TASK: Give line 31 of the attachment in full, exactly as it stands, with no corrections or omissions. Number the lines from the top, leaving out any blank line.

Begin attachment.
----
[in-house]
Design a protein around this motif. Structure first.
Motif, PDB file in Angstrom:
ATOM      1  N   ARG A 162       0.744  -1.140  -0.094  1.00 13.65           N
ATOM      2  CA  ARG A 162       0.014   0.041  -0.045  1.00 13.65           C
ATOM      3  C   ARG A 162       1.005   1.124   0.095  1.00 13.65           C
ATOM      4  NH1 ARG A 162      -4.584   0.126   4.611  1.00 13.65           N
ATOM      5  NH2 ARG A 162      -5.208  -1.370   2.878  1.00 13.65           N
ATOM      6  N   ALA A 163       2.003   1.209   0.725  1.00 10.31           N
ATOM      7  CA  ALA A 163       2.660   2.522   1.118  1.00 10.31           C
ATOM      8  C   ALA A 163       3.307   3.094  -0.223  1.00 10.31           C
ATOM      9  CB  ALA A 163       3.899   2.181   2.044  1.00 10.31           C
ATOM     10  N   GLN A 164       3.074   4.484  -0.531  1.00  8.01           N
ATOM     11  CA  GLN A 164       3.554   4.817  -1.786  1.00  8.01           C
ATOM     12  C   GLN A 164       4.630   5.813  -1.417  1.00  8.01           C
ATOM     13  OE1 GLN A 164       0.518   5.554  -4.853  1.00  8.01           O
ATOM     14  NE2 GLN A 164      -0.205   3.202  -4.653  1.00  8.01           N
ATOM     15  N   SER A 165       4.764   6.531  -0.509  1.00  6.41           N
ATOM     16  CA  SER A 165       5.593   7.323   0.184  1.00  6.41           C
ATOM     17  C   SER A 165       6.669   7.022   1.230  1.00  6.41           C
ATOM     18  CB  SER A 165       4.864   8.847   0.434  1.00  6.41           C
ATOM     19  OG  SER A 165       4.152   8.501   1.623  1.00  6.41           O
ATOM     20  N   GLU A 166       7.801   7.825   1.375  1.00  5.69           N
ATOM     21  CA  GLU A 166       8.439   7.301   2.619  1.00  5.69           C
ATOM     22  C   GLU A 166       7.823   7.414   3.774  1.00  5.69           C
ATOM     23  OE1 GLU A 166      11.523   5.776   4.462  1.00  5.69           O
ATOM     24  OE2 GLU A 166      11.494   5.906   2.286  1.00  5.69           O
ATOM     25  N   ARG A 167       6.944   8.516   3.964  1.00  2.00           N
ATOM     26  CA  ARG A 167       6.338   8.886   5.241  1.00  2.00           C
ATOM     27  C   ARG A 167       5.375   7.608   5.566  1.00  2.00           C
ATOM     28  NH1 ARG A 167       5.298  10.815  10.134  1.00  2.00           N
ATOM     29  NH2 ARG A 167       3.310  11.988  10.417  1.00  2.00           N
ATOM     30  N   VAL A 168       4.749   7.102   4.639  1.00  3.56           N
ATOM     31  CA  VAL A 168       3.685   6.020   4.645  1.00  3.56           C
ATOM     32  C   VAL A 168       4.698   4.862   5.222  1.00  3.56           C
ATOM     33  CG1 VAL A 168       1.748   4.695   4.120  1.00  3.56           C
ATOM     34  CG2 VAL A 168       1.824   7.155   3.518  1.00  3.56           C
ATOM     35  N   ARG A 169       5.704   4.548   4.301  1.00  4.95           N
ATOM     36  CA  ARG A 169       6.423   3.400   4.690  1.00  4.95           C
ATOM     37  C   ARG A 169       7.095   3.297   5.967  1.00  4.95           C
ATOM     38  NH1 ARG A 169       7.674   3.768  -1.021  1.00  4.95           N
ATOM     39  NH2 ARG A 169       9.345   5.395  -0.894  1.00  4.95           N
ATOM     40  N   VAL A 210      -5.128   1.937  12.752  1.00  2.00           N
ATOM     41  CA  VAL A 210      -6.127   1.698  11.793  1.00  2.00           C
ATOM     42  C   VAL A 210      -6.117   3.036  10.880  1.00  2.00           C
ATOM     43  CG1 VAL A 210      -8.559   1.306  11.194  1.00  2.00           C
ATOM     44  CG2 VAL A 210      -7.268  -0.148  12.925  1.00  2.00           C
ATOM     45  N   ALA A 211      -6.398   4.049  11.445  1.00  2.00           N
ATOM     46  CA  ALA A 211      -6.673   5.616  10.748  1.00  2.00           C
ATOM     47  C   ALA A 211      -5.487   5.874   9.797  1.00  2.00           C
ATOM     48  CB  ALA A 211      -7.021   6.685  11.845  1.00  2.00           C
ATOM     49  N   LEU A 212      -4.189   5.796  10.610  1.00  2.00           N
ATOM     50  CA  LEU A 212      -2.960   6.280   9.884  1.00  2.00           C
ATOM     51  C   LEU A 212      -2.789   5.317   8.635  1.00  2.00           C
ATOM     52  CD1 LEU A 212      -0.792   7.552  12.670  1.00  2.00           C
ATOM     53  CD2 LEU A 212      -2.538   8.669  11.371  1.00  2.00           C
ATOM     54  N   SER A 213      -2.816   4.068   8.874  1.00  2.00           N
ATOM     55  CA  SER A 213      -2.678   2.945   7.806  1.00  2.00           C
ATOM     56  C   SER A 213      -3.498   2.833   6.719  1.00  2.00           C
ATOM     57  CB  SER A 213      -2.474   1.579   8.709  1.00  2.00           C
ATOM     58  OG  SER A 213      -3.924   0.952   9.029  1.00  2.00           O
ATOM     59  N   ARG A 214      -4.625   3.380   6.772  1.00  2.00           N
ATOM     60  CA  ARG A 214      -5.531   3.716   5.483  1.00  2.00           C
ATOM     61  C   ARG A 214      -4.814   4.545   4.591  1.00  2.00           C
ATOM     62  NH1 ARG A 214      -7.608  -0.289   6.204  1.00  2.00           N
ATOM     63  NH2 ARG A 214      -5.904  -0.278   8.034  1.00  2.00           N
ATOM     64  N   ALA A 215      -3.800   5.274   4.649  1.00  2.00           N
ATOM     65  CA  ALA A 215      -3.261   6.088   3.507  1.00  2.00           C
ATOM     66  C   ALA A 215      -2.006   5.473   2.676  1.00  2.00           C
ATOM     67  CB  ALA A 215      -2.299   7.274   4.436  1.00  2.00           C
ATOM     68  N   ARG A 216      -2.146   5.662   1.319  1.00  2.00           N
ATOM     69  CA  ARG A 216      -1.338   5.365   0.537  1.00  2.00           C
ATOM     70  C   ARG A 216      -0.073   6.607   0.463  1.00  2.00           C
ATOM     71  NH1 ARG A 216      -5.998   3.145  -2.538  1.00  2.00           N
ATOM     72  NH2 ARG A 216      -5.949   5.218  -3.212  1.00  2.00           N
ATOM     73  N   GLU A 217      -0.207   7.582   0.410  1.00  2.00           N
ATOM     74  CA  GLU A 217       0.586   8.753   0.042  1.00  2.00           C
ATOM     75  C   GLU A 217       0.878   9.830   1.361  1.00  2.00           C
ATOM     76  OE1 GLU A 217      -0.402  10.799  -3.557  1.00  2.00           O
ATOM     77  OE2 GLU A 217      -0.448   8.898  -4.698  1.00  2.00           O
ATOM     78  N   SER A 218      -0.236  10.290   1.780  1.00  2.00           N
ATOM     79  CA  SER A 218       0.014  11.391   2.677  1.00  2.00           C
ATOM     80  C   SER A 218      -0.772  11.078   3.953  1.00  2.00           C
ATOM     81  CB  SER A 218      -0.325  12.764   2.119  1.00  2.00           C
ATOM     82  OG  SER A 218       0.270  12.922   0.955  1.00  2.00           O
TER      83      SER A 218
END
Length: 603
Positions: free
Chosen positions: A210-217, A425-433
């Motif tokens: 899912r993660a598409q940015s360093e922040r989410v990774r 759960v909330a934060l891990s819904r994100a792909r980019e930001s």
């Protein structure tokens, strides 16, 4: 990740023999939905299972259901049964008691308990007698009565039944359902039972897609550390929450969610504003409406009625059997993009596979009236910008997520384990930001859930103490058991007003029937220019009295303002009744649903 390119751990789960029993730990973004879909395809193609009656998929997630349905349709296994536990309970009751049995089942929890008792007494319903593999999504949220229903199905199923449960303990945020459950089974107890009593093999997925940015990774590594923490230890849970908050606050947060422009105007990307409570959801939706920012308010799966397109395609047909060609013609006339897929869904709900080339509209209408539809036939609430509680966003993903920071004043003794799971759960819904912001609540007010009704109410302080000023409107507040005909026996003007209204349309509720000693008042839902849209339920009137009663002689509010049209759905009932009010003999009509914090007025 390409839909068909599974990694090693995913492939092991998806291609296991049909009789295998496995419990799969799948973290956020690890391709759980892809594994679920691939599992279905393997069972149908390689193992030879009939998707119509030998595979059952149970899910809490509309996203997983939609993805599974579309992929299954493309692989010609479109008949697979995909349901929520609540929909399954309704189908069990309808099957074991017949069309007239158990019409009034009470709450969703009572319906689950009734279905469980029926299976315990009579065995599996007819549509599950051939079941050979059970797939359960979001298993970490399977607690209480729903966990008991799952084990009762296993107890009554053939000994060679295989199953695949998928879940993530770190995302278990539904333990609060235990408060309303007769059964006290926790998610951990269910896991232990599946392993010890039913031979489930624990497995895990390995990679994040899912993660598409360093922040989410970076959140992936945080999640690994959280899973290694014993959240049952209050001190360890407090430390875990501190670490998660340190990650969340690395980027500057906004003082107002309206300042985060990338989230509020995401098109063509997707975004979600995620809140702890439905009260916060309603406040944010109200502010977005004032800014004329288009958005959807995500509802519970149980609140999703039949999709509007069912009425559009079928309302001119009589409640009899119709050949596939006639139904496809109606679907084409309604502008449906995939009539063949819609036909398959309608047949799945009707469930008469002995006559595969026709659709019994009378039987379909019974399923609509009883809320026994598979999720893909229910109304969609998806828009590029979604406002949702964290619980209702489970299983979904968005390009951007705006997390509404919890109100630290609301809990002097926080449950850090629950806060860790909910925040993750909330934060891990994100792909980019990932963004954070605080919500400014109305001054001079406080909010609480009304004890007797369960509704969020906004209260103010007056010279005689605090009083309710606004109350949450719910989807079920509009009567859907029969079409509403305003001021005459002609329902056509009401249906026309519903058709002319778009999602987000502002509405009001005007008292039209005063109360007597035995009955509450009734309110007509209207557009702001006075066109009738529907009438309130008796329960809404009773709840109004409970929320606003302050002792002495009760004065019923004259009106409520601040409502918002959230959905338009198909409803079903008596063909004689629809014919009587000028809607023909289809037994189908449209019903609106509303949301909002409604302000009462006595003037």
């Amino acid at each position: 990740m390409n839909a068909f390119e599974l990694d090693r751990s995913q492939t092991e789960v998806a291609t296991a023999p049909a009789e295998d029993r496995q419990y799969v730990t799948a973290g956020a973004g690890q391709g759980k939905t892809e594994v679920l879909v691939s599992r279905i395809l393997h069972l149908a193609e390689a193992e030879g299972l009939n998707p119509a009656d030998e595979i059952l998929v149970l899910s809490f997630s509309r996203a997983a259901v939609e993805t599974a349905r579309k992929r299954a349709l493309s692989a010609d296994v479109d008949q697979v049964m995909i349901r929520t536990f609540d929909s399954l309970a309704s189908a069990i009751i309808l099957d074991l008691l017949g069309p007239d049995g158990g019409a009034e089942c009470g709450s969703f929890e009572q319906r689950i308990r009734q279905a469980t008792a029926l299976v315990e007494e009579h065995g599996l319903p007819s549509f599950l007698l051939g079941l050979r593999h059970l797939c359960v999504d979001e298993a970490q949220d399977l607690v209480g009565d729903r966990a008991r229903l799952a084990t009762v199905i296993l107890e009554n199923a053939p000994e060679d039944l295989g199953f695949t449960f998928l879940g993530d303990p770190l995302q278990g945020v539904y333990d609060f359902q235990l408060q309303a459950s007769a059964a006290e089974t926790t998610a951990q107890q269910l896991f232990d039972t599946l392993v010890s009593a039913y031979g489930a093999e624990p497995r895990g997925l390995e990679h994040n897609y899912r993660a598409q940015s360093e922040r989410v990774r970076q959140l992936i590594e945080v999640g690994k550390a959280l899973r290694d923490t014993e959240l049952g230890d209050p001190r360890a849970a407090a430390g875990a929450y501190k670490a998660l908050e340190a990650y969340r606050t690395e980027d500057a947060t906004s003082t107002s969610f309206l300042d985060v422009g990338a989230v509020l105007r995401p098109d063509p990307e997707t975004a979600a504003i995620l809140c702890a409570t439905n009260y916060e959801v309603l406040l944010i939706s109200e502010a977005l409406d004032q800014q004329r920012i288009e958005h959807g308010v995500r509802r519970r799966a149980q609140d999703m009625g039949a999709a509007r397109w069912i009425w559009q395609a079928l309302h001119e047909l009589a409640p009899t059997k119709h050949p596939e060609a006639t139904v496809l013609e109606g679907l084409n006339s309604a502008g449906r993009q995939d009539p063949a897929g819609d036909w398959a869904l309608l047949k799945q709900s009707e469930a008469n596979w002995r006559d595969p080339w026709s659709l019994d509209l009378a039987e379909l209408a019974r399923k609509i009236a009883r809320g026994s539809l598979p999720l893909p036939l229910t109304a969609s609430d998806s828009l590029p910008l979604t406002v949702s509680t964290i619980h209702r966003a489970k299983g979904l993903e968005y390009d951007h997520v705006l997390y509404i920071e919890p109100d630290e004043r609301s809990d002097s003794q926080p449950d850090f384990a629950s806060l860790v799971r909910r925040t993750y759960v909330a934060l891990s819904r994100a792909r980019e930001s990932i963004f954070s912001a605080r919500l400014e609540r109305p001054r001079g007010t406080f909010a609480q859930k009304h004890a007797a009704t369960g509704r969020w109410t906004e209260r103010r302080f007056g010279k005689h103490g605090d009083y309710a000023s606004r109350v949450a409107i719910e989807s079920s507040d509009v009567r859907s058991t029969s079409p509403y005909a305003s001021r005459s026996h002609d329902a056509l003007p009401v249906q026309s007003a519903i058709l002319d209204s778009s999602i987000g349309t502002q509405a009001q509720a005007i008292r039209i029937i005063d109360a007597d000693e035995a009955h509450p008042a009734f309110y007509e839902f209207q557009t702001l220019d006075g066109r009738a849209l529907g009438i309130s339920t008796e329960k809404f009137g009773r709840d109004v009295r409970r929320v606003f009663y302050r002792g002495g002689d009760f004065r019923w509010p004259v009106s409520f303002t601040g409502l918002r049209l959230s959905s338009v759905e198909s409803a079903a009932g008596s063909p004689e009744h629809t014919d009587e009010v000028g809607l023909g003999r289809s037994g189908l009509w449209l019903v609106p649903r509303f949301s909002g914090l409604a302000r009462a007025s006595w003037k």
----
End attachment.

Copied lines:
ATOM     28  NH1 ARG A 167       5.298  10.815  10.134  1.00  2.00           N